The Cleveland Indians came into this afternoon’s game against the Minnesota Twins hoping to win their third game in a row regain a winning record for the first time since they were swept by the Arizona Diamondbacks. With the struggling Trevor Bauer facing the red-hot Ervin Santana on the road, the Tribe’s chances weren’t looking great going into the game.
The game began in a cold and practically empty Target Field with Santa continuing his dominance, retiring Carlos Santa, Francisco Lindor, and Michael Brantley. Bauer followed that up by retiring the first two batters, before walking Miguel Sano. Max Kepler then flew out to left field, and the pitchers duel was on.
Santana wasn’t at his sharpest, walking two in the second inning, but he managed to get out of any trouble and proceeded to settle down. Meanwhile Bauer looked sharp early on, as the hitters from both teams seemed to struggle with the cold weather.
The Indians threatened to break through in the fourth inning when Michael Brantley and Edwin Encarnacion hit back to back singles with one out. Unfortunately, Jose Ramirez and Lonnie Chisenhall flied out to third base and left field, respectively, to end the inning.
The Twins had their first hit of the day when Joe Mauer led off the bottom of the fourth inning with a double to left center. Mauer then advanced to third on a single by Kepler. Both singles had been just beyond the reach of the Tribe’s outfielders, but gave the Twins runners on the corners with one out. After fouling off several pitches, Robbie Grossman walked to load the bases, and it looked like the big inning that had plagued Bauer so far this season was here. Bauer then balked in Mauer to give the Twins the lead after he seemingly lost his balance. He then walked Jason Castro to re-load the bases. Jorge Polanco then hit a sacrifice fly to left field to score Kepler. Bauer then struck out Eddie Rosario, but the Twins had taken a 2-0 lead.
The Indians were able to get one run back in the top of the fifth inning. Abraham Almonte doubled to right field with one out. After Roberto Perez flied out to center for the second out, Carlos Santana doubled to right field to score Almonte. Ervin Santana then struck out Lindor to limit the damage for the Twins, but the Indians ended a streak off 22 scoreless innings by Santana, who allowed one run in six innings.
With Ervin Santa out of the game, the Indians were able to get some offense going in the top of the seventh. Yandy Diaz and Roberto Perez reached base on a pair of singles off Twins reliever Tyler Duffey. Taylor Rogers relieved Duffey, and promptly gave up a game-tying double to Carlos Santana, who drove in Diaz. Lindor was intentionally walked to load the bases with one out for Michael Brantley. After falling down 0-2, Brantley fought back to take a bases loaded walk as pinch runner Michael Martinez came across the plate to give the Indians a 3-2 lead. After Encarnacion popped out to second, Jose Ramirez drew the second bases-load walk of the inning for the Tribe. Lonnie Chisenhall flied out to right field to end the inning, but by then the Indians led 4-2.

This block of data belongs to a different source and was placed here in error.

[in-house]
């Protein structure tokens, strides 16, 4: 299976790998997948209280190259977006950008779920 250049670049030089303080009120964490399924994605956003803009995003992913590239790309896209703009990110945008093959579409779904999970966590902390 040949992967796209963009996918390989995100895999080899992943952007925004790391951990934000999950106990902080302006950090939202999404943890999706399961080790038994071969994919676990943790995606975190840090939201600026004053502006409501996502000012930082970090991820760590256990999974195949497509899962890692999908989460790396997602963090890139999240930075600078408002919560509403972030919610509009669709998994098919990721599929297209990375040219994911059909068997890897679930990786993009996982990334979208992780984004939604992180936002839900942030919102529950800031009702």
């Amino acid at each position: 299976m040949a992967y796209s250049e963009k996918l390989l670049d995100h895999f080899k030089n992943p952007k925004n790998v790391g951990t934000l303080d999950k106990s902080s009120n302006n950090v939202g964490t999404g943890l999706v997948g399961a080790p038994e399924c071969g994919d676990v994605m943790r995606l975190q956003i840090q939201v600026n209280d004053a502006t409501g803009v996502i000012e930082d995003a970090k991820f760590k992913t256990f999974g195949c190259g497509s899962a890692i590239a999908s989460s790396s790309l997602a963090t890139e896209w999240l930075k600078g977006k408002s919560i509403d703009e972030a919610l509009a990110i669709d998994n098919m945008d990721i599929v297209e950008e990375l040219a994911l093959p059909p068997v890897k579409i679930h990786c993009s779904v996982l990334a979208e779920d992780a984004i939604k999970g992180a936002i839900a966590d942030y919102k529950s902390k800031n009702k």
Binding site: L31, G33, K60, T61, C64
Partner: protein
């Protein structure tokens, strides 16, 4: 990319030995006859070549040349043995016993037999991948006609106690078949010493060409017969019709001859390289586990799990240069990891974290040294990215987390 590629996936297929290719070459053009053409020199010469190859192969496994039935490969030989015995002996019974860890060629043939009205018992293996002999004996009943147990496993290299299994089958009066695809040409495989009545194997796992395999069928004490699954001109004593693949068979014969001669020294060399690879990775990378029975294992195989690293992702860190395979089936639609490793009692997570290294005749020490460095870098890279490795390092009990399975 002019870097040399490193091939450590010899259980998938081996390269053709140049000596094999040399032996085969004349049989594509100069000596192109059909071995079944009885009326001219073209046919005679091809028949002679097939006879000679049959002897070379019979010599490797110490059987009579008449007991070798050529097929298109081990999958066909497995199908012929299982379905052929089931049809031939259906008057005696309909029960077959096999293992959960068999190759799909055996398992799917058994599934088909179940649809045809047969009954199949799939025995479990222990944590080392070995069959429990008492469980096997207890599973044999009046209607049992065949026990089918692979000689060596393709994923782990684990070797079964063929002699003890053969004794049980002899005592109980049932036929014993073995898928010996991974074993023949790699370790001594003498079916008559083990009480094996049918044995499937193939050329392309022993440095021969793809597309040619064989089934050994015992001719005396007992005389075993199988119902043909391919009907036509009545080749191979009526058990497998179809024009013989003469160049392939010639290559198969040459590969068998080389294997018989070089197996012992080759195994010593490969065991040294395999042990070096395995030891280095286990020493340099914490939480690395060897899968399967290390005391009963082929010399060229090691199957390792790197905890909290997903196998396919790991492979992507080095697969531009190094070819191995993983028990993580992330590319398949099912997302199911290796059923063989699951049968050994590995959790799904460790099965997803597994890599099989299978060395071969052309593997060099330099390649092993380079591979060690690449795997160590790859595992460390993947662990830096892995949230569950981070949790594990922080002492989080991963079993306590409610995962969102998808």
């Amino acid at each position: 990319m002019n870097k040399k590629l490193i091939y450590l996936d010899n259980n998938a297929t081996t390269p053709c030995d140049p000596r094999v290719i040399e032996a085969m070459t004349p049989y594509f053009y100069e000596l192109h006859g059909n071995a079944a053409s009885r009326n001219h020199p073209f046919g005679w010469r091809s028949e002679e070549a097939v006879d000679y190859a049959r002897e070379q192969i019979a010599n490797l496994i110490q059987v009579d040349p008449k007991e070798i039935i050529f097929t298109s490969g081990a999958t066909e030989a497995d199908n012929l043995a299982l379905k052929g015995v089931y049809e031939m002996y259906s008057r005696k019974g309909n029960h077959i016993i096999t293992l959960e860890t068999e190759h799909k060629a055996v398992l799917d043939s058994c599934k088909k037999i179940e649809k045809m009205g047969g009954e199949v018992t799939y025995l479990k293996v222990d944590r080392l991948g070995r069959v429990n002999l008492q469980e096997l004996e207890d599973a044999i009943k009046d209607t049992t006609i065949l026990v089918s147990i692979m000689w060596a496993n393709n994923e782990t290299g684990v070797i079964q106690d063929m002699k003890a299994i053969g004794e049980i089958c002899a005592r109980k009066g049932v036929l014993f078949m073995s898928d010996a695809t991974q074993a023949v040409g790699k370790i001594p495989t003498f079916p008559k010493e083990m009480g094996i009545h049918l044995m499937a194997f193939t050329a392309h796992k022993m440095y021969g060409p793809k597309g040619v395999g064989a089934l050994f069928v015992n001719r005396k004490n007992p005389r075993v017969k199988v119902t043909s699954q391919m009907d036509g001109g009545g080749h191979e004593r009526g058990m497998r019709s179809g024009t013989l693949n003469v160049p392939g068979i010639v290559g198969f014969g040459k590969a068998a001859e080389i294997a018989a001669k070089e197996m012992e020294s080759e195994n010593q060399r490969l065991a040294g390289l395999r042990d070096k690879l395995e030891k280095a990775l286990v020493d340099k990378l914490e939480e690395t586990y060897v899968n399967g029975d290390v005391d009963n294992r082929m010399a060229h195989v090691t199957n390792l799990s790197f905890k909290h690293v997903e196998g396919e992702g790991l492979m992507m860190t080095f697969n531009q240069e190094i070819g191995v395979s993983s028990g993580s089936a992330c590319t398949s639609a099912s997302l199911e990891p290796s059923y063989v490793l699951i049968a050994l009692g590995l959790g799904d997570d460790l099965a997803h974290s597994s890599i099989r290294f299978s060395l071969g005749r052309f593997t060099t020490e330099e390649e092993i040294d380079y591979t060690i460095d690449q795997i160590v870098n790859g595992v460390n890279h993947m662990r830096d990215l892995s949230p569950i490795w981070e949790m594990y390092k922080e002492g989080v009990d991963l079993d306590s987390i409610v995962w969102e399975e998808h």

To his credit, Bauer settled down after his rocky fourth inning and was able to five the Indians six and a third solid innings of work. It was a bit surprising that he came back out to start the seventh, and Terry Francona pulled him for Boone Logan after Polanco flied out to center field. Logan gave up an extremely soft single to Rosario, and Bryan Shaw came on in relief. Twins manager Paul Molitor sent Eduardo Escobar to the plate as a pinch hitter. Escobar drew a walk and Brian Dozier came to the plate as the go-ahead run with men on first and second. Shaw struck out Dozier, and then it was Miller time. The newly shorn Andrew Miller was able to get Joe Mauer to fly out to left field to end the inning.
After Miller came back to pitch a scoreless eighth inning, the Indians tacked on a pair of runs in the top of the ninth for good measure. After Ramirez walked, Chisenhall and Yan Gomes hit back-to-back doubles to push the Tribe’s lead to 6-2. While it wasn’t a save situation, Cody Allen pitched a scoreless ninth to complete the three-game sweep of the Twins to go to 8-7 on the season.
Things I Noticed
Typically cold weather favors pitchers as the ball moves more easily, and for the first half of today’s game that seemed to be the case. The Indians’ hitters deserve a lot of credit for persevering and coming through against the Twins’ bullpen.
Big game for Carlos Santana, who went 3-for-5 with a pair of RBI and a run scored. He’s such an underrated hitter.
Due to pre-game technical difficulties with replay equipment, Indians can request unlimited number of crew chief challenges.
— paul hoynes (@hoynsie) April 20, 2017
I won’t claim to have any idea exactly how the pregame issues affect the crew challenges during the game, but it didn’t really affect anything.
Paul Molitor seems to like to slow the game down as much as possible. It was kind of a relief to see him tossed for arguing balls and strikes as the end of the eighth inning.
Bauer needed a start like this. The fourth inning still wasn’t pretty, and Bauer seemed afraid to attack the strike zone for a bit, but he settled down and gave the Indians a solid start. For a pitcher who obviously overthinks things at times, it was nice to see Bauer work through his issues.
The Indians have now won three in a row and are tied for first place in the Central Division. Hopefully they’re starting to find some momentum after a bit of a rough stretch. They’ll be back in action tomorrow night as they head to Chicago to face the White Sox. Until then, Go Cavs, and Go Tribe!